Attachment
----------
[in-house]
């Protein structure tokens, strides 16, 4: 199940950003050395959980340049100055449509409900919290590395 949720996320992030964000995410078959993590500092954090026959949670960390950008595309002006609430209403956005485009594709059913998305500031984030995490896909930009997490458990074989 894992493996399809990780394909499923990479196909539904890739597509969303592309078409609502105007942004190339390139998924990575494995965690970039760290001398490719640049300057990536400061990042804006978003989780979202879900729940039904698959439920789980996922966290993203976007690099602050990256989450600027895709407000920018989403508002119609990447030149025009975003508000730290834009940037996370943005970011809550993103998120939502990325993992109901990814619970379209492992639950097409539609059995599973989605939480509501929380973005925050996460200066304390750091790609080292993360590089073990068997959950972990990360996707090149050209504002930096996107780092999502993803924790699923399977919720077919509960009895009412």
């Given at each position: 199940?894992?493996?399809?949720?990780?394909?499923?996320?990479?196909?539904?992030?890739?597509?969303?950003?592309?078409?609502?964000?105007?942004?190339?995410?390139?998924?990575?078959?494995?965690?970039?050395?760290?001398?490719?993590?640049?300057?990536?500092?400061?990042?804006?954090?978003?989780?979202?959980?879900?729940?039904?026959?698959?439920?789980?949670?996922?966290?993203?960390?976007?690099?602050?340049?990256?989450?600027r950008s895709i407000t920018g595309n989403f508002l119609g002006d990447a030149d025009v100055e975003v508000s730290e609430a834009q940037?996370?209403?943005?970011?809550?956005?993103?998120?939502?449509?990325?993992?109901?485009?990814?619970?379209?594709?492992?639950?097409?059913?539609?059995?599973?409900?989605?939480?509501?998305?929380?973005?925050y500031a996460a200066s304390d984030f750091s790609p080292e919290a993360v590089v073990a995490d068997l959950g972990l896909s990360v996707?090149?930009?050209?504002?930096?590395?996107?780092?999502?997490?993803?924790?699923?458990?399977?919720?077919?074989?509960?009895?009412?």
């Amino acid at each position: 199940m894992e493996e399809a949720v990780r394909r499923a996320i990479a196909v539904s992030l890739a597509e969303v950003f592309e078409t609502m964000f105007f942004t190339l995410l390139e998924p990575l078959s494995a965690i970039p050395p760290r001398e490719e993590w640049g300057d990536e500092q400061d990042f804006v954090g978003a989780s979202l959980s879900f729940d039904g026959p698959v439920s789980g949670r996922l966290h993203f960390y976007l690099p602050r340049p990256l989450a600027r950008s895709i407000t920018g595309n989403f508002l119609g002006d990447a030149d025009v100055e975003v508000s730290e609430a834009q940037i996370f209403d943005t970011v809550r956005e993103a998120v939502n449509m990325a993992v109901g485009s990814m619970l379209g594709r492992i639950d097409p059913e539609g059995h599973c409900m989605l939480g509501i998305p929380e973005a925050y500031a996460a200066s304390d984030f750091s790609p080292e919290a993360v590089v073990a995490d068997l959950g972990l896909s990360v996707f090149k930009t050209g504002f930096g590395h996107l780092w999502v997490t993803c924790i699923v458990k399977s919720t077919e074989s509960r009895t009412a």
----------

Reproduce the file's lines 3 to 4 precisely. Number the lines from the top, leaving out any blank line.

């Given at each position: 199940?894992?493996?399809?949720?990780?394909?499923?996320?990479?196909?539904?992030?890739?597509?969303?950003?592309?078409?609502?964000?105007?942004?190339?995410?390139?998924?990575?078959?494995?965690?970039?050395?760290?001398?490719?993590?640049?300057?990536?500092?400061?990042?804006?954090?978003?989780?979202?959980?879900?729940?039904?026959?698959?439920?789980?949670?996922?966290?993203?960390?976007?690099?602050?340049?990256?989450?600027r950008s895709i407000t920018g595309n989403f508002l119609g002006d990447a030149d025009v100055e975003v508000s730290e609430a834009q940037?996370?209403?943005?970011?809550?956005?993103?998120?939502?449509?990325?993992?109901?485009?990814?619970?379209?594709?492992?639950?097409?059913?539609?059995?599973?409900?989605?939480?509501?998305?929380?973005?925050y500031a996460a200066s304390d984030f750091s790609p080292e919290a993360v590089v073990a995490d068997l959950g972990l896909s990360v996707?090149?930009?050209?504002?930096?590395?996107?780092?999502?997490?993803?924790?699923?458990?399977?919720?077919?074989?509960?009895?009412?």
């Amino acid at each position: 199940m894992e493996e399809a949720v990780r394909r499923a996320i990479a196909v539904s992030l890739a597509e969303v950003f592309e078409t609502m964000f105007f942004t190339l995410l390139e998924p990575l078959s494995a965690i970039p050395p760290r001398e490719e993590w640049g300057d990536e500092q400061d990042f804006v954090g978003a989780s979202l959980s879900f729940d039904g026959p698959v439920s789980g949670r996922l966290h993203f960390y976007l690099p602050r340049p990256l989450a600027r950008s895709i407000t920018g595309n989403f508002l119609g002006d990447a030149d025009v100055e975003v508000s730290e609430a834009q940037i996370f209403d943005t970011v809550r956005e993103a998120v939502n449509m990325a993992v109901g485009s990814m619970l379209g594709r492992i639950d097409p059913e539609g059995h599973c409900m989605l939480g509501i998305p929380e973005a925050y500031a996460a200066s304390d984030f750091s790609p080292e919290a993360v590089v073990a995490d068997l959950g972990l896909s990360v996707f090149k930009t050209g504002f930096g590395h996107l780092w999502v997490t993803c924790i699923v458990k399977s919720t077919e074989s509960r009895t009412a």